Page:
Book Image

Python Machine Learning

By : Sebastian Raschka
Book Image

Python Machine Learning

By: Sebastian Raschka

Overview of this book

Machine learning and predictive analytics are transforming the way businesses and other organizations operate. Being able to understand trends and patterns in complex data is critical to success, becoming one of the key strategies for unlocking growth in a challenging contemporary marketplace. Python can help you deliver key insights into your data – its unique capabilities as a language let you build sophisticated algorithms and statistical models that can reveal new perspectives and answer key questions that are vital for success. Python Machine Learning gives you access to the world of predictive analytics and demonstrates why Python is one of the world’s leading data science languages. If you want to ask better questions of data, or need to improve and extend the capabilities of your machine learning systems, this practical data science book is invaluable. Covering a wide range of powerful Python libraries, including scikit-learn, Theano, and Keras, and featuring guidance and tips on everything from sentiment analysis to neural networks, you’ll soon be able to answer some of the most important questions facing you and your organization.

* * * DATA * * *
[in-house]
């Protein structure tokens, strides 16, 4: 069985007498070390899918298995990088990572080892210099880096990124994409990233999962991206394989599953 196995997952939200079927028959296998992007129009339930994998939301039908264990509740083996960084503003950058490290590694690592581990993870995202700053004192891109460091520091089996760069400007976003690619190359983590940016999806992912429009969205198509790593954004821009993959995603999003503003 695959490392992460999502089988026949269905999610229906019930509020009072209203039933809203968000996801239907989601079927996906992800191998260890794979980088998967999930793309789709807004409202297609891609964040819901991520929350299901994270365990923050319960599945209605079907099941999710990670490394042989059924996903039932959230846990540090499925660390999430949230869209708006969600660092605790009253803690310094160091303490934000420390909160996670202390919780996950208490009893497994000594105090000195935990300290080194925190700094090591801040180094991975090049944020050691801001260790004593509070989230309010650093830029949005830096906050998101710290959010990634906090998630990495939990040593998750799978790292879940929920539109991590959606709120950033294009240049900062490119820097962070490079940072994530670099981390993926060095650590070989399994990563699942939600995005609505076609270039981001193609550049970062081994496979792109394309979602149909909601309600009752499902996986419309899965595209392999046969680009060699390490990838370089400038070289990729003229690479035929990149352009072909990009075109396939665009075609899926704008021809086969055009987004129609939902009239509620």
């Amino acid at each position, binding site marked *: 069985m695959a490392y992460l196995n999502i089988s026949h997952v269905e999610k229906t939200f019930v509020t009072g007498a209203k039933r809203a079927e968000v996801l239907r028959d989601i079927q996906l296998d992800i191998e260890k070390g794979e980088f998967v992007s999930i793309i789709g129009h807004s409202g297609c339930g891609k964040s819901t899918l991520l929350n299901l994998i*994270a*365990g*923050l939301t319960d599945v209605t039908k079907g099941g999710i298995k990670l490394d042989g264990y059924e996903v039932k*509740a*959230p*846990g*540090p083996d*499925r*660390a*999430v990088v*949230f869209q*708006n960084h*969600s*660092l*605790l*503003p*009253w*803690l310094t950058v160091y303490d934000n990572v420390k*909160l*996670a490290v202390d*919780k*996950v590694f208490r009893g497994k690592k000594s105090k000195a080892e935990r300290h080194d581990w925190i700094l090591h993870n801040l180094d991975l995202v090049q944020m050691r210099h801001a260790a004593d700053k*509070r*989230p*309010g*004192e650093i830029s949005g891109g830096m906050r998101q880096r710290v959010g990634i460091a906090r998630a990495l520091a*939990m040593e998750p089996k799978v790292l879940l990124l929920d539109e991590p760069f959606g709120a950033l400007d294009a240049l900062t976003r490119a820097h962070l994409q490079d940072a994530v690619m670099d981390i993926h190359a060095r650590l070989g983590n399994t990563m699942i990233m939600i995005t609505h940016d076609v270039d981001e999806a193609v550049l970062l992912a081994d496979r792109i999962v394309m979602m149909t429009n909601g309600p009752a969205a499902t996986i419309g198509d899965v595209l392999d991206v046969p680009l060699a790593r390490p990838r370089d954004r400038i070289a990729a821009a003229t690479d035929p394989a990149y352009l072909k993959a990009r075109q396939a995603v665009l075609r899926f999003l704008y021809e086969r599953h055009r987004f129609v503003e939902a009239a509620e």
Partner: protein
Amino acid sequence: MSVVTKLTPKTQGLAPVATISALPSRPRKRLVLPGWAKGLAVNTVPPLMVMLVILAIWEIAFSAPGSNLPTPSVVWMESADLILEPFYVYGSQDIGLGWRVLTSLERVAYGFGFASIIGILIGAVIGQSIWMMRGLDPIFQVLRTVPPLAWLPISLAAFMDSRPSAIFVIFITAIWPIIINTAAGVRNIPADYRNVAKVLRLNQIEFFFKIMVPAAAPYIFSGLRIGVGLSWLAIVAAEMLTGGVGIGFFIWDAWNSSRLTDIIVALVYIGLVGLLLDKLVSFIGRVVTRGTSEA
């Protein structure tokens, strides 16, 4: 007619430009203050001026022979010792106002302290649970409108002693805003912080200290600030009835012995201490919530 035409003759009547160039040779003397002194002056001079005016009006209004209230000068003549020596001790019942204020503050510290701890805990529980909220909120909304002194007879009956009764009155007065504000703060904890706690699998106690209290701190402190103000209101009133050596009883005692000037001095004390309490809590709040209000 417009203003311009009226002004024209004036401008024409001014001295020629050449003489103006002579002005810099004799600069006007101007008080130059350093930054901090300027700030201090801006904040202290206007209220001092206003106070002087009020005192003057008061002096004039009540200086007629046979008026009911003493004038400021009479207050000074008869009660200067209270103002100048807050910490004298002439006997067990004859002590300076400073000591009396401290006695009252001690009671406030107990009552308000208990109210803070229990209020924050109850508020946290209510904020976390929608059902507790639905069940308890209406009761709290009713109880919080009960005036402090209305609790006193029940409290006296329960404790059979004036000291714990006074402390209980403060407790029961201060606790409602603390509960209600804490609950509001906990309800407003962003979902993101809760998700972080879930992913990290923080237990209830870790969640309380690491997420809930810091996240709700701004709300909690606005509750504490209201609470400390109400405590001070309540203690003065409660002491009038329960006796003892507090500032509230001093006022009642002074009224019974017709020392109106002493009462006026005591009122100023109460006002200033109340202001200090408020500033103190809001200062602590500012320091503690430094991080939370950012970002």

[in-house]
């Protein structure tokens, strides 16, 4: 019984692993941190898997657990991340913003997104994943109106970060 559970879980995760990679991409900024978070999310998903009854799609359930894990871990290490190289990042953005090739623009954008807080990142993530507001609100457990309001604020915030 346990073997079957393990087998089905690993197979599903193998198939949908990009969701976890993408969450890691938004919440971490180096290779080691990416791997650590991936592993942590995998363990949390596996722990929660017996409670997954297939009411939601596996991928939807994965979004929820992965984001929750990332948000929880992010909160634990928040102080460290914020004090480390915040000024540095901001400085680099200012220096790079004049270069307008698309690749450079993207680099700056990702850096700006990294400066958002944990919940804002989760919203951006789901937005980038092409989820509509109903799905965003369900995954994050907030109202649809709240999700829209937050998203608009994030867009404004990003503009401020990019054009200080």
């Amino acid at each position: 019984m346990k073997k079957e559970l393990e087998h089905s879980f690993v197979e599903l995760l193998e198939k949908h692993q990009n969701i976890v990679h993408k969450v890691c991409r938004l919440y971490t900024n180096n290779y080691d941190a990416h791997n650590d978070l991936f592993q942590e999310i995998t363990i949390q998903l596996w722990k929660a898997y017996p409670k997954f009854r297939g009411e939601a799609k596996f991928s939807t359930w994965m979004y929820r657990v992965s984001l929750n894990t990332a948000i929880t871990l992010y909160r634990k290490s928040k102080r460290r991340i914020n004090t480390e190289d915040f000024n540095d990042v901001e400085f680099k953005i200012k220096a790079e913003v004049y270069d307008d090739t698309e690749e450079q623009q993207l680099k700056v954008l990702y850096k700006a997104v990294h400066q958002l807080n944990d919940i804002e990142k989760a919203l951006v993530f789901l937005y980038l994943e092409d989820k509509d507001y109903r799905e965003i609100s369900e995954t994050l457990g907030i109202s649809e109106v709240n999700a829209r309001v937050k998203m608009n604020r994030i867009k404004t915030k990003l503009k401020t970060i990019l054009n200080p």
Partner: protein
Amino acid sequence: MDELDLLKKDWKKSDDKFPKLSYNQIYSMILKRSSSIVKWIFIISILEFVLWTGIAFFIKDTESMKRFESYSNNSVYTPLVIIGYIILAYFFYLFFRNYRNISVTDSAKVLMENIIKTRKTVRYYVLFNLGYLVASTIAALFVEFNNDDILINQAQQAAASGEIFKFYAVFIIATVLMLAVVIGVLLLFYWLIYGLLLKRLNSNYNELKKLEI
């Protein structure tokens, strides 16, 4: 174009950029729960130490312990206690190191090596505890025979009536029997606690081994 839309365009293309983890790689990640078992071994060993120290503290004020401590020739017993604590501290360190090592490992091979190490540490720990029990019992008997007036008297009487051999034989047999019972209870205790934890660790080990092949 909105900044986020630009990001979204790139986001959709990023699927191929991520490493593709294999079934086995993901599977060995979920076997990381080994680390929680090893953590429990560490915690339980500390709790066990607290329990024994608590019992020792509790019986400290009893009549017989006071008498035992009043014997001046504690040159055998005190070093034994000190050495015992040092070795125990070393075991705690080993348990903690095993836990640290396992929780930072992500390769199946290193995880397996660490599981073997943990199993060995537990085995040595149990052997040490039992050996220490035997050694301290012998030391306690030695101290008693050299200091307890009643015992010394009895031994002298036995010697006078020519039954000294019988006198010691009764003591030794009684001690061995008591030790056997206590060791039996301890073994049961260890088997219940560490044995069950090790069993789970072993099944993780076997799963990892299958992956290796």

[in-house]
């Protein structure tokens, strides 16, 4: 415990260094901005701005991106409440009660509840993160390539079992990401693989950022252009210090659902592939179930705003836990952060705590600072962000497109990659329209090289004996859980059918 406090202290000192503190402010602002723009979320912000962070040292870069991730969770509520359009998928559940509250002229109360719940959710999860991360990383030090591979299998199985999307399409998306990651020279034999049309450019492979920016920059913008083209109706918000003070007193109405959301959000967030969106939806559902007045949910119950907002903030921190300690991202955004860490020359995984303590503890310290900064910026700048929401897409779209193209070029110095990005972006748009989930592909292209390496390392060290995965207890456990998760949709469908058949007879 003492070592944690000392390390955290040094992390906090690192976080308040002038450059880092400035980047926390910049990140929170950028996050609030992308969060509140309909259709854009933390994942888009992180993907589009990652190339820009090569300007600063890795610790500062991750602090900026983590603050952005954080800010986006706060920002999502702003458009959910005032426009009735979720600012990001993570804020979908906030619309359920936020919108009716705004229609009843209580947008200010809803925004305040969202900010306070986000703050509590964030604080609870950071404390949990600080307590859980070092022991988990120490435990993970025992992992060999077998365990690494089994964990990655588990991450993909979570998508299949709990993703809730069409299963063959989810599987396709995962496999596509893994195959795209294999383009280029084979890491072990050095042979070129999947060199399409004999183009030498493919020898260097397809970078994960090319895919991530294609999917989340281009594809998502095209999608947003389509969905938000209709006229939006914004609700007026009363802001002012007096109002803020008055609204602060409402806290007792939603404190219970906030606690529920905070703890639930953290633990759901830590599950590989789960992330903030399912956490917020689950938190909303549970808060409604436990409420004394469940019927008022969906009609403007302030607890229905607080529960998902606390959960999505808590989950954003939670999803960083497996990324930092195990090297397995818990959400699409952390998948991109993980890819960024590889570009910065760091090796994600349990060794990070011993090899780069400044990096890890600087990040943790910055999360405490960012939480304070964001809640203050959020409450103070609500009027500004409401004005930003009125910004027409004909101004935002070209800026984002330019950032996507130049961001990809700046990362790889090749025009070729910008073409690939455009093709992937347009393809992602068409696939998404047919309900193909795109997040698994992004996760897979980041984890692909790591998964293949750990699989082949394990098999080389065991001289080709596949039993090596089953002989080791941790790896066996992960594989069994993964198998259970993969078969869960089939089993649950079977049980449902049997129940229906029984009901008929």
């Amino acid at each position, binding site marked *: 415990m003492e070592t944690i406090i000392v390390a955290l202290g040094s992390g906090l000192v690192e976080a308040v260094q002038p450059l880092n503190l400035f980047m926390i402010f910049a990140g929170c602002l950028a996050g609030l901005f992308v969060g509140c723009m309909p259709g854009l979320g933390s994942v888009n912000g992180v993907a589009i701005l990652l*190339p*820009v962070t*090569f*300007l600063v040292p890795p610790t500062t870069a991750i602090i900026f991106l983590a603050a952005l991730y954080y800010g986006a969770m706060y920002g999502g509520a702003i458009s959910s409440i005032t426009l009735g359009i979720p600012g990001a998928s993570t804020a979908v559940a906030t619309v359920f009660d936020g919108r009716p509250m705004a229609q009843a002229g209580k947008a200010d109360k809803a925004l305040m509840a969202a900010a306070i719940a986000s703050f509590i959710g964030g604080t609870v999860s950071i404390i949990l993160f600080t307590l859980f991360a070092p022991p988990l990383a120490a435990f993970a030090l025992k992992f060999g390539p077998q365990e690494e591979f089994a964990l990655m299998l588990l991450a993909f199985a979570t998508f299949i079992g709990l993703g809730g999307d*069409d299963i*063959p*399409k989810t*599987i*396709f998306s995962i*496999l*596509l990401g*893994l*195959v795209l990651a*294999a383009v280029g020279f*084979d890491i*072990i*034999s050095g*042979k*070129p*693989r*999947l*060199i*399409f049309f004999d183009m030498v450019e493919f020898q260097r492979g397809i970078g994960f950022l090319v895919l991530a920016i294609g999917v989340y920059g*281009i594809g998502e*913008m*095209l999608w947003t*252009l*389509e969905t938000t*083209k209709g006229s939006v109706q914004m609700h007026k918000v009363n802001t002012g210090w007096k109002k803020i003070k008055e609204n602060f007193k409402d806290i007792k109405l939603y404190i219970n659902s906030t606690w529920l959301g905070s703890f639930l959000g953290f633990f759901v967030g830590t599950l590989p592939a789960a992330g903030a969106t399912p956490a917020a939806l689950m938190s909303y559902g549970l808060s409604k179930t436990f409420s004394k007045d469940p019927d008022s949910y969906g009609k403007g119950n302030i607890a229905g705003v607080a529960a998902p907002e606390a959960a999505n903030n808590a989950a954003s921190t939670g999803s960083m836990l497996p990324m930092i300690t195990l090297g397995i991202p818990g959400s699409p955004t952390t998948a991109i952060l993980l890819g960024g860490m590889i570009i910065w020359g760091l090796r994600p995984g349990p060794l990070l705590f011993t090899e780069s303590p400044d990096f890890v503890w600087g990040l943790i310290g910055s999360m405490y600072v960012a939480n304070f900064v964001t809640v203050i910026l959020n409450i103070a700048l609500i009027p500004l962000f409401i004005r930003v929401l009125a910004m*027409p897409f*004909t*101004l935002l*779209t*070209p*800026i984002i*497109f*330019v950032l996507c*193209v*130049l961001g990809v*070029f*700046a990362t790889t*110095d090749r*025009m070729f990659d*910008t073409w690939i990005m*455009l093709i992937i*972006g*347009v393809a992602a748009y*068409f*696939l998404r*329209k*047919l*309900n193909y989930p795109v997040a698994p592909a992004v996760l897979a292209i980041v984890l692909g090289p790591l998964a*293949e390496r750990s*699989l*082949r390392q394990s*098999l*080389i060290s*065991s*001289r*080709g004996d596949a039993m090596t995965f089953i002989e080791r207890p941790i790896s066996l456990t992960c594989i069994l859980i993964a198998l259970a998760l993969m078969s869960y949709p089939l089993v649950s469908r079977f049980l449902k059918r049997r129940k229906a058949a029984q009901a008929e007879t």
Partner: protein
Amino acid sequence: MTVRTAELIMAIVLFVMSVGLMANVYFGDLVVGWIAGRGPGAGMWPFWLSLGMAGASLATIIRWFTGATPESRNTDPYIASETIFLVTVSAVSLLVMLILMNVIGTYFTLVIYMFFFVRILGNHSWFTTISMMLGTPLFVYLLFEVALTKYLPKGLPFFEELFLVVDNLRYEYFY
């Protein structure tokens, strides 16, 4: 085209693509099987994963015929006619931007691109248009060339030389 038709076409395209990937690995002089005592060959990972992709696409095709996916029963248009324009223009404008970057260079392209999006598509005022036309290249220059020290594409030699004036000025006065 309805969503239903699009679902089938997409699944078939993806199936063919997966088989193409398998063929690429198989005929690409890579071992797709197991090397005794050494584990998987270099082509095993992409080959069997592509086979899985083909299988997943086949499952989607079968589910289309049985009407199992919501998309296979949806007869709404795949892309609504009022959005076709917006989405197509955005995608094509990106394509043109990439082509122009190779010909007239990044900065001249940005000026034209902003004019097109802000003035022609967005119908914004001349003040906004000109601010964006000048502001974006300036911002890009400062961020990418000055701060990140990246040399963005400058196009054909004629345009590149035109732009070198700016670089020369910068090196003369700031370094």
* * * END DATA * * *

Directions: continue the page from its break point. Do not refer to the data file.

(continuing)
Table of Contents (21 chapters)
Python Machine Learning
About the Author
About the Reviewers

Organizing clusters as a hierarchical tree

In this section, we will take a look at an alternative approach to prototype-based clustering: hierarchical clustering. One advantage of hierarchical clustering algorithms is that it allows us to plot dendrograms (visualizations of a binary hierarchical clustering), which can help with the interpretation of the results by creating meaningful taxonomies. Another useful advantage of this hierarchical approach is that we do not need to specify the number of clusters upfront.

The two main approaches to hierarchical clustering are agglomerative and divisive hierarchical clustering. In divisive hierarchical clustering, we start with one cluster that encompasses all our samples, and we iteratively split the cluster into smaller clusters until each cluster only contains one sample. In this section, we will focus on agglomerative clustering, which takes the opposite approach. We start with each sample as an individual cluster and merge the closest pairs of...